In 1996, the Hoboken Planning Board approved the Shipyard Associates’ planned unit development (PUD) for 1160 units at Hoboken’s north waterfront. This massive project is fully built, but apparently 1160 units are not enough for developers Michael and David Barry. The Barry brothers now want to add two 11-story towers at the pier at the north end of this site which was designated as open space in the original 1996 Planning Board PUD approval.
In May 2011, Shipyard Associates submitted their proposal to New Jersey Department of Environmental Protection (NJDEP), applying for a waterfront development permit. A number of parties have written to the NJDEP voicing their strenuous objections to the towers including Hoboken Mayor Dawn Zimmer, the Fund for a Better Waterfront (FBW) and the Hudson Tea Building. The towers would take away badly needed open space, block views to the Hudson River and the New York City skyline, and add yet more units to an over-developed part of town.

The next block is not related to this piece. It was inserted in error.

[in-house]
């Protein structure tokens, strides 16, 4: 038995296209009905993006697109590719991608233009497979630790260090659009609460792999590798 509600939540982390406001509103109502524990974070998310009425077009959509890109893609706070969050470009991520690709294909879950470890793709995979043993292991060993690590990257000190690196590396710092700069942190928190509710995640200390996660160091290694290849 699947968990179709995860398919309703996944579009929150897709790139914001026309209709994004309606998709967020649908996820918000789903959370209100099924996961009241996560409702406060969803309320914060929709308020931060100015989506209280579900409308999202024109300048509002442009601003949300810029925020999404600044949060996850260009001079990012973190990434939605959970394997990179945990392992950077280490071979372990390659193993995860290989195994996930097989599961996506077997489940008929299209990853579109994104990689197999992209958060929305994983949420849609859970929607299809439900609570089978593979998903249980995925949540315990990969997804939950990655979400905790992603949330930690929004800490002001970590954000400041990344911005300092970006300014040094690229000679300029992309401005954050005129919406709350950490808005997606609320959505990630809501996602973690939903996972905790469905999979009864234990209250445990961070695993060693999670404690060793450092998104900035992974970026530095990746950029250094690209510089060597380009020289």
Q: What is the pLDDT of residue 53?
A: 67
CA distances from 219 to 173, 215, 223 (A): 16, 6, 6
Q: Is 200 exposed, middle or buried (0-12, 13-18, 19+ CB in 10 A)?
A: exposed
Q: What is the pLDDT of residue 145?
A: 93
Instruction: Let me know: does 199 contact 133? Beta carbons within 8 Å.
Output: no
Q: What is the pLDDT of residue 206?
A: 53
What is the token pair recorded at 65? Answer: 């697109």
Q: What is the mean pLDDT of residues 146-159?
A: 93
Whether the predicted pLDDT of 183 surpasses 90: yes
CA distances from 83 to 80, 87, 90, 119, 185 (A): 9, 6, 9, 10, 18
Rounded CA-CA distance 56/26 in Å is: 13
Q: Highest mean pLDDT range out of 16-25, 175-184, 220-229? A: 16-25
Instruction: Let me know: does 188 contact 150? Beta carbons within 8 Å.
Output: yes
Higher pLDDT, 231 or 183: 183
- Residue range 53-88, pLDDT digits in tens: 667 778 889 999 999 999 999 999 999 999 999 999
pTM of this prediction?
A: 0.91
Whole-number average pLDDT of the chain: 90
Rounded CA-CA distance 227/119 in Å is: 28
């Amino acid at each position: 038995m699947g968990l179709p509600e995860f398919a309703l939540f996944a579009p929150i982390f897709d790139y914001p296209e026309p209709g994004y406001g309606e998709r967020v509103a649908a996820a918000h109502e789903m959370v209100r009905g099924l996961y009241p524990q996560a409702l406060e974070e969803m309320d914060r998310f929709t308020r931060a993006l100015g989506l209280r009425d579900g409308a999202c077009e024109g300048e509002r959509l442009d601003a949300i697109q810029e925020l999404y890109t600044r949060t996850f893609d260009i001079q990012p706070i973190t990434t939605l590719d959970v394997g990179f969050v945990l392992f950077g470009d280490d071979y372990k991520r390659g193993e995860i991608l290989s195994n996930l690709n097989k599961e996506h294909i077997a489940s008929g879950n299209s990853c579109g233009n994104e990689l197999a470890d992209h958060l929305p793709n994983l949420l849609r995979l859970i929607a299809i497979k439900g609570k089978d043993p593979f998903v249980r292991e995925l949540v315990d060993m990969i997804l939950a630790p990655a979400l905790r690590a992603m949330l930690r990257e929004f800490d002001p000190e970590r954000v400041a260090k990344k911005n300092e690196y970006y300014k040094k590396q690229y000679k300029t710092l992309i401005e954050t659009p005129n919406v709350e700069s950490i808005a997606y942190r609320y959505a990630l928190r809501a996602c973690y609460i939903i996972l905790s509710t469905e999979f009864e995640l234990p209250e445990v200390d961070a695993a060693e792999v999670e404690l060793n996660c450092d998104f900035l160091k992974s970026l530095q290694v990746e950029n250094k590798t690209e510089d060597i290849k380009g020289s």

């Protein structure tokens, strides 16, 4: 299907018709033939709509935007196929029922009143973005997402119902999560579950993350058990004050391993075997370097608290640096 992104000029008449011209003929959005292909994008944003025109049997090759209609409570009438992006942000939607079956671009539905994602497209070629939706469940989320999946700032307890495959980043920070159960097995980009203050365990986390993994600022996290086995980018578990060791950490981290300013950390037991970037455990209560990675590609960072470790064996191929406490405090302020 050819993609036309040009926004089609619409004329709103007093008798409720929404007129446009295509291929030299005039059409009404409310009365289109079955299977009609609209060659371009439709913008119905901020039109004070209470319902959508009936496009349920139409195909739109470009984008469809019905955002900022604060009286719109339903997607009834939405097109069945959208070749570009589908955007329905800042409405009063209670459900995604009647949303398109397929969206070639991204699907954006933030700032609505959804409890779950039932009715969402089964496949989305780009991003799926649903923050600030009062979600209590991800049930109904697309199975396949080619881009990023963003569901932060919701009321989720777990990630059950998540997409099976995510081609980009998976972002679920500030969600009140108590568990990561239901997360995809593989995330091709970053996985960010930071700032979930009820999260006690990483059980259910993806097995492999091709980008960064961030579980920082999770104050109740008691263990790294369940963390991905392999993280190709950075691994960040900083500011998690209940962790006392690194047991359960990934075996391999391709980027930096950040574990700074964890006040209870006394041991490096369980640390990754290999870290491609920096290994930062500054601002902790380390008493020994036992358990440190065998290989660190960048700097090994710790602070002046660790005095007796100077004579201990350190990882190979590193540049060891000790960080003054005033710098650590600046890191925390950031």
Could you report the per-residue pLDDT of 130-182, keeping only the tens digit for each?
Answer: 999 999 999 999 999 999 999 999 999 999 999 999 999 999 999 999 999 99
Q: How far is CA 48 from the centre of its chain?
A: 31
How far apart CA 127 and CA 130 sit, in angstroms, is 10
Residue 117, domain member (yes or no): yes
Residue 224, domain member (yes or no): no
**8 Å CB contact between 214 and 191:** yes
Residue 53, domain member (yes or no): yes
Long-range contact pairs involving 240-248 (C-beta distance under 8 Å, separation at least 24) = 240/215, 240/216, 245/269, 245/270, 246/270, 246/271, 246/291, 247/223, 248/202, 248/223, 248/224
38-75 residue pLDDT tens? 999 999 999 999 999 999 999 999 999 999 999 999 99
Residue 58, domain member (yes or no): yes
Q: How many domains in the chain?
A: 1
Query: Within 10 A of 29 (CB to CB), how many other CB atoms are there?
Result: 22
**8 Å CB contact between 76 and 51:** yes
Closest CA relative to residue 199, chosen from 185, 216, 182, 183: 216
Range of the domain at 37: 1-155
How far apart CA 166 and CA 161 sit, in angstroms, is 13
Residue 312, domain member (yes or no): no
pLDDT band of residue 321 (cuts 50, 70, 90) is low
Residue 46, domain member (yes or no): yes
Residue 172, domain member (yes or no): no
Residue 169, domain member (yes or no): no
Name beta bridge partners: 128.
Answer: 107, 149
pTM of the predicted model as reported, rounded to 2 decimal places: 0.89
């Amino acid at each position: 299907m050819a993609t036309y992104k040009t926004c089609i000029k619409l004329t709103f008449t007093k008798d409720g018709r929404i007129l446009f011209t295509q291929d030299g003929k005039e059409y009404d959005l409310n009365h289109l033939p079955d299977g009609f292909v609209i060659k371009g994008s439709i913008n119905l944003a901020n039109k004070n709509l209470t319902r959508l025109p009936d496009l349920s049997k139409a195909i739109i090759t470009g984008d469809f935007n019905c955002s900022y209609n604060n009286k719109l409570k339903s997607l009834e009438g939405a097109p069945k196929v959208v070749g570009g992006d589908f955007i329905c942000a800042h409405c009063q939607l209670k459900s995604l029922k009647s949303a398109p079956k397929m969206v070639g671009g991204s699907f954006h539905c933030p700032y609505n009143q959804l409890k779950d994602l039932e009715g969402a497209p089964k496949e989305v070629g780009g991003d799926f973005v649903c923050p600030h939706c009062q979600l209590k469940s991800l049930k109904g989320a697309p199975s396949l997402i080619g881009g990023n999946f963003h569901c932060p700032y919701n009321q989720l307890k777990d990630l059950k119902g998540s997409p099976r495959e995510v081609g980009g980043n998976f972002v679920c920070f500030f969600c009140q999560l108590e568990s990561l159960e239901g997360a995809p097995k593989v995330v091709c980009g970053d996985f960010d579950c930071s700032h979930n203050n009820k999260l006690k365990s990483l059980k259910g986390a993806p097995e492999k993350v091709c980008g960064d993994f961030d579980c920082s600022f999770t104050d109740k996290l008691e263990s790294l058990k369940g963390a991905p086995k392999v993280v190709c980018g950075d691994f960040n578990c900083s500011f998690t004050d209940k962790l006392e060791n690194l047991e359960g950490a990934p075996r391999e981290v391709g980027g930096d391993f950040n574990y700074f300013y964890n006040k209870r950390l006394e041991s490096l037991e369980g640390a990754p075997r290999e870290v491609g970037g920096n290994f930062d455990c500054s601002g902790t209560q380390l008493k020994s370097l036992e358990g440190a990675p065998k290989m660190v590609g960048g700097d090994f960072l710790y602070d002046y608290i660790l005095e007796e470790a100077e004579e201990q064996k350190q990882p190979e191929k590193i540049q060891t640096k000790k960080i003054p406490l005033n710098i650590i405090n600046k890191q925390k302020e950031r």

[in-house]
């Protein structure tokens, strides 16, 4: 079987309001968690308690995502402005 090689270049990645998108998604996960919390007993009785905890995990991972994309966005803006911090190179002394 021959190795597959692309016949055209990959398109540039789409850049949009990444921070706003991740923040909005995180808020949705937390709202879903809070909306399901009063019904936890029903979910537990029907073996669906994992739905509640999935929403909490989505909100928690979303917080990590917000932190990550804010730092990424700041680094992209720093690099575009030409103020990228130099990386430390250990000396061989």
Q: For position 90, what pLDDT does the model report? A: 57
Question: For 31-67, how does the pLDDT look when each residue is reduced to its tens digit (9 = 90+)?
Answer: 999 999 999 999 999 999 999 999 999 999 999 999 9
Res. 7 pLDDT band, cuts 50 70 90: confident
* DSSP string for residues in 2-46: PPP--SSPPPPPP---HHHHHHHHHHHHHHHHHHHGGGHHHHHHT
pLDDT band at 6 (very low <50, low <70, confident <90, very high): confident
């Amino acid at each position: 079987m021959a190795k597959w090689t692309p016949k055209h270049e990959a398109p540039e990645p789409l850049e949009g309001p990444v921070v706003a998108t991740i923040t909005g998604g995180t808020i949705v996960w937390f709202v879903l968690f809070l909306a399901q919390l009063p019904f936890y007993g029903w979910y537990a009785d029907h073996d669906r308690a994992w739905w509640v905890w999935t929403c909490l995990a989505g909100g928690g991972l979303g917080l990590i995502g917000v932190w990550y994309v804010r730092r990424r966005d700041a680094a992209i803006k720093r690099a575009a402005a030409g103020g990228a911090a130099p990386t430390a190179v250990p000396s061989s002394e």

FBW has successfully fought a series of proposals to build on the piers in Hoboken beginning in 1990 with the 33-story commercial complex proposed by the City of Hoboken and Port Authority of New York & New Jersey. In that same year, FBW unveiled its proposal for a continuous public park at the water’s edge in Hoboken. Pier development would thwart the opportunity to make that park continuous for the entire length of Hoboken’s 1.5 mile waterfront. In 2001, FBW and other groups succeeded in getting Shipyard Associates to withdraw its proposal to build 120 townhouses on the 16th Street Pier, as an amendment to the 1996 PUD approval.
On August 25, 2011, Shipyard Associates submitted their application to the Hoboken Planning Board for an amended site plan approval. A decision from the NJDEP is expected in early November.
The Barry brothers now want to add two 11-story towers at the pier at the north end of this site which was designated as open space in the original 1996 Planning Board PUD approval.
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